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Anderson to AA?

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saxman

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As do airlines on AU. But does AU come up on Airliners.net?
Yup. I found AU back in 2004 because of Airliners.net! I had discovered A.net a couple years prior when internet forums were a new concept to me. Someone on there made a mention of AU on a discussion about Amtrak. Funny thing is that now I haven't been to A.net in years. I like FlyerTalk now.

And to keep things on topic. I was willing to give Anderson a chance when he first came on to Amtrak. After seeing the improvements he made at Delta after the merger with Northwest, I figured that Amtrak could use some new fresh ideas. I especially thought Wick would guide him well the first few months. Well when his Southwest Chief bus idea came about, I knew I was wrong.

Anderson would be good for an airline again. I thought maybe he would retire by now though. I actually thought Doug Parker was doing a decent job at US Airways after the merger with America West. It became a profitable carrier even though it was turned into a bare bones, no frills carrier that happen to be a legacy airline. But his performance at AA has been pretty terrible as of late. Even United has made great strides at improvement over the last few years. I even made 1K status on United this year because of the recent change in status requirements. 😄 I've never had airline status before!
 

jiml

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I never saw a reason to support Anderson at Amtrak, in fact his tenure honestly made past presidents look better by comparison, but I'm not so sure he's a terrible fit for American. His previous employer Delta is far from the worst airline I've ever flown. Their loyalty program makes a mockery of the concept but the on board service isn't horrible. American was my first and favorite US airline long ago but they're rather uninspired today. The ghost of America West seems to live on while the golden era AA service is long gone. So long as the weather is clear and the aircraft is functional AA flights are generally fine if you can get a seat ahead of coach, but the service is nothing to look forward to and the "food" they serve on my flights is pretty sad. I also find their booking process rather tedious. If I want to check a premium economy ticket through an aggregator I first need to start with basic coach, upgrade to main cabin, and then upgrade again to premium economy. I wish they would just publish a separate booking code for Y+ so it would be easier to check and compare pricing. Maybe Anderson can fix that. 🤔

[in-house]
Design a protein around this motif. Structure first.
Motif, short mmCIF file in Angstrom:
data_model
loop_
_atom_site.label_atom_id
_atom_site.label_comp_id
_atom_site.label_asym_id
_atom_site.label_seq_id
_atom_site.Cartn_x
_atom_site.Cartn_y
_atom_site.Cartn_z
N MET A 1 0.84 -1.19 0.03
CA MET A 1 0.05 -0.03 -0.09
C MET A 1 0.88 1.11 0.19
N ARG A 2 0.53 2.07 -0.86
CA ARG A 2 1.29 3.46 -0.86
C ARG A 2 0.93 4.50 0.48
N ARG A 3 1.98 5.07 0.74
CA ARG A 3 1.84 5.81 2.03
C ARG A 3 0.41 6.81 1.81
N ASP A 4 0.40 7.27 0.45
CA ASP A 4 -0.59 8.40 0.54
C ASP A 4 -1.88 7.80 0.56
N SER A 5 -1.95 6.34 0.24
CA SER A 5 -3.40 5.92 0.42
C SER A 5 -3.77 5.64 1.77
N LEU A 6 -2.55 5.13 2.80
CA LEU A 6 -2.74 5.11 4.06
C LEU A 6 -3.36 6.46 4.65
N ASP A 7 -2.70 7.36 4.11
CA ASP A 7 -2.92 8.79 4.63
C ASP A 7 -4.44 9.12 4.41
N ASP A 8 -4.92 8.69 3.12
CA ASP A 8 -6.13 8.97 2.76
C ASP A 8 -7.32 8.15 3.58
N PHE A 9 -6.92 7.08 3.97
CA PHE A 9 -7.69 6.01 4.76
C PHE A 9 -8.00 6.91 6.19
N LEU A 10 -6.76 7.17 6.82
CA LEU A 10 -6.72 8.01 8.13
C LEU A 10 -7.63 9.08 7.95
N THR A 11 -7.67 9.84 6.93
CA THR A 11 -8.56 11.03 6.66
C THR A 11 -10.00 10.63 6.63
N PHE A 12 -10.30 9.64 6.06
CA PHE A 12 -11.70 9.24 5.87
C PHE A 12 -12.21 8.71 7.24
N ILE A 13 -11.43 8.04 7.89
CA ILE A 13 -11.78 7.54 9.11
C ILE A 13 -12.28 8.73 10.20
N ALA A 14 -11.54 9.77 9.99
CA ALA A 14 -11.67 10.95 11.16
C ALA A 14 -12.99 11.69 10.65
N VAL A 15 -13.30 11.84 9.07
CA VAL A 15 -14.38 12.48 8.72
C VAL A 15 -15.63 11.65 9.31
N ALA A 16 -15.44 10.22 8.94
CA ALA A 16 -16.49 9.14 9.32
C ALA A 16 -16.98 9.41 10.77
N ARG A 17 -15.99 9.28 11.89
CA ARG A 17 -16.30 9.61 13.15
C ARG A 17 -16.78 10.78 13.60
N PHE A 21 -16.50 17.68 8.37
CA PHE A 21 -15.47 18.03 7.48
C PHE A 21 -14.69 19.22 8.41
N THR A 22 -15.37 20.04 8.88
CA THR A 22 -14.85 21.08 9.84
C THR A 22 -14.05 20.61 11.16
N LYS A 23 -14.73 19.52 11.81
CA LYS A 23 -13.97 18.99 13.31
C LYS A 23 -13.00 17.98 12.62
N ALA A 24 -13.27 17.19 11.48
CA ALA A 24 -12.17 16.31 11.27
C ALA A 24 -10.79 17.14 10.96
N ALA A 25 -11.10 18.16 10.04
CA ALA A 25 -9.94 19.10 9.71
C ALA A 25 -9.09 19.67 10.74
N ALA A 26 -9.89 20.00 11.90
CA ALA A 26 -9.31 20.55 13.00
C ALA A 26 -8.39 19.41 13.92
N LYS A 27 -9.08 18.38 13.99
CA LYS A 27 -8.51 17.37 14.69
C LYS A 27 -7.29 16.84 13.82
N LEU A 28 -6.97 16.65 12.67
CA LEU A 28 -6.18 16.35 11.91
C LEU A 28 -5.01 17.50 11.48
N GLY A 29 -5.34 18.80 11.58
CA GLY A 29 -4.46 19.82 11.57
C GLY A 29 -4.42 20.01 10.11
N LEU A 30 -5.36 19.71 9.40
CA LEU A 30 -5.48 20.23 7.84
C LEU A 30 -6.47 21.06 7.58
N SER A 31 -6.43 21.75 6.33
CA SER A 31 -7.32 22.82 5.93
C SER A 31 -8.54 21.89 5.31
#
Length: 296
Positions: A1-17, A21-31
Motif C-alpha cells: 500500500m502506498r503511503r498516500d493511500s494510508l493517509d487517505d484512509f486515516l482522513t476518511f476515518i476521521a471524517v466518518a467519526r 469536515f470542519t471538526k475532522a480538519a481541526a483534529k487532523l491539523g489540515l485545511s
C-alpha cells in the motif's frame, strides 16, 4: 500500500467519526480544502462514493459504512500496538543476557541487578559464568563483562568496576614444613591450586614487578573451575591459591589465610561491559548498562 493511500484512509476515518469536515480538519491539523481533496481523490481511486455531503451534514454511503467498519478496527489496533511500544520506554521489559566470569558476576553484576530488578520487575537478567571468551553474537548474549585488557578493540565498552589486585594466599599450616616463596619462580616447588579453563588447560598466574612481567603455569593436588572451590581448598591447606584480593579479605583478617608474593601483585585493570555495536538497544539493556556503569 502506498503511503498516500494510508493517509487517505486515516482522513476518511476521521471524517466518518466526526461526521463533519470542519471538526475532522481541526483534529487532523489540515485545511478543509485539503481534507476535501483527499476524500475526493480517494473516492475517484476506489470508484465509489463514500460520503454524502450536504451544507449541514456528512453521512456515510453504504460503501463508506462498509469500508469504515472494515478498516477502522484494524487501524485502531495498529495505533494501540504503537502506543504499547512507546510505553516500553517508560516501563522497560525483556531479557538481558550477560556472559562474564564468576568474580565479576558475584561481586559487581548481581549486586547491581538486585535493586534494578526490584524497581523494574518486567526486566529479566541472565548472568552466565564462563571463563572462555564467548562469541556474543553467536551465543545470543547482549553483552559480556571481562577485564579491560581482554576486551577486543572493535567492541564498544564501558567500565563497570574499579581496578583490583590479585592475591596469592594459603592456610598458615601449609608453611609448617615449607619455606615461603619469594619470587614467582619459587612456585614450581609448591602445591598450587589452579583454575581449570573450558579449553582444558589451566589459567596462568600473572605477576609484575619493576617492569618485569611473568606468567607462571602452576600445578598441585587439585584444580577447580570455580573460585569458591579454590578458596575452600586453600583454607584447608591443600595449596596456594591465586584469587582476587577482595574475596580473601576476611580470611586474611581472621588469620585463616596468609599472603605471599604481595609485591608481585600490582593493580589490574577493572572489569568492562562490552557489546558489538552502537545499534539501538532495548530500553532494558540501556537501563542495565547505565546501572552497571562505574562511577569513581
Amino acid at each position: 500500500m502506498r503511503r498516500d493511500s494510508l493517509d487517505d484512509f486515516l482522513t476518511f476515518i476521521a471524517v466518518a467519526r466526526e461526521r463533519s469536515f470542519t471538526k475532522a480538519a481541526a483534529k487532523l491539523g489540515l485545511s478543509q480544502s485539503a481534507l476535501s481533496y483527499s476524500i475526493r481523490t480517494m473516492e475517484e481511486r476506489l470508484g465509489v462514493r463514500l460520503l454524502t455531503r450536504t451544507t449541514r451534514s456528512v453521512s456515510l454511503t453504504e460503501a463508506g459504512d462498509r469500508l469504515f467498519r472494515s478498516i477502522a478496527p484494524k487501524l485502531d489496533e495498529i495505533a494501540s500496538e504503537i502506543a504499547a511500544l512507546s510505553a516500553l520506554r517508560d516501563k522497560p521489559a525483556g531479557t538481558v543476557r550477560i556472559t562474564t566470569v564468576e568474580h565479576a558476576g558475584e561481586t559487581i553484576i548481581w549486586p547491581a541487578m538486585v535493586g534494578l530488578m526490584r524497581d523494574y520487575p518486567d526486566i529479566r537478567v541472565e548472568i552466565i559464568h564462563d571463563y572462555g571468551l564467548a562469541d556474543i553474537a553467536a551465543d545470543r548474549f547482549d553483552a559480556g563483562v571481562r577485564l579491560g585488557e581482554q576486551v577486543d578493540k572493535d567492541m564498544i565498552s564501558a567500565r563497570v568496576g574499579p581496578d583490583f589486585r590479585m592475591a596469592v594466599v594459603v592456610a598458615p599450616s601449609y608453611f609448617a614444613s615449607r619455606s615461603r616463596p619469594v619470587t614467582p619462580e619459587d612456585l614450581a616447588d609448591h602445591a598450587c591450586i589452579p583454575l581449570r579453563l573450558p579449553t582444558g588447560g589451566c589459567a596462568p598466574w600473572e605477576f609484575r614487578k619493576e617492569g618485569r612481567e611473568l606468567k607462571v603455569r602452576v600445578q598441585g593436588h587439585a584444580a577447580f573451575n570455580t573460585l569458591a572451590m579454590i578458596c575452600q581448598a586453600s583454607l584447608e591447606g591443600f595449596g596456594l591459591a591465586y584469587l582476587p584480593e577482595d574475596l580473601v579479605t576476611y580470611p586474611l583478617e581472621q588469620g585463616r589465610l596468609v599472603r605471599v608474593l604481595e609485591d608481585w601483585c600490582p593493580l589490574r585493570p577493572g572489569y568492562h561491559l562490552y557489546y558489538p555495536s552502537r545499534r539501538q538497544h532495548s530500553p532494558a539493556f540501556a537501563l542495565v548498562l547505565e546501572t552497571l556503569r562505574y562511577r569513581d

Can't disagree with any of your points - and I'm an AA Lifetime Plat, so have some loyalty.
 

crescent-zephyr

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Thus, an exec with railroad industry experience would probably be the best fit.
You mean like Claytor or Moorman? Agreed.

In Amtrak's history, which of their presidents are widely considered their "best", and what was their particular background? Any things in common?
W. Graham Claytor and Charles “Wick” Moorman both came to Amtrak after leading Southern / Norfolk Southern.

Joseph Boardman came from the FRA.

David Gunn came from a long line of railroad jobs that started with the Santa Fe.
 

B757Guy

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My fiance is a pilot with AA, and she is hearing that Anderson has a pretty significant non-compete with Delta, and that will most likely preclude him from running AA. At my airline, thus far I'm happy with our new CEO.
 

the_traveler

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Yup. I found AU back in 2004 because of Airliners.net! I had discovered A.net a couple years prior when internet forums were a new concept to me. Someone on there made a mention of AU on a discussion about Amtrak. Funny thing is that now I haven't been to A.net in years. I like FlyerTalk now.
I first came to AU in 2007 because AlanB made a mention of AU on FlyerTalk. I haven’t been to FT in years.
 

jiml

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I first came to AU in 2007 because AlanB made a mention of AU on FlyerTalk. I haven’t been to FT in years.
Getting off-topic, but this is turning into one of those "small world" discussions. I've been on FT for years and know more than one person here who also participates on FT. The smart ones don't use the same username.;) I don't fly nearly as much as I used to and couldn't be described as an airline "fan", but I have a weakness for rail discussion.
 

crescent-zephyr

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FlyerTalk is great for “insider travel” reviews. right now it’s interesting to read about how airlines and hotels are responding to Coronavirus (actually worse than Amtrak, at least Amtrak is still providing something that vaguely resembles a meal.)
 

capltd29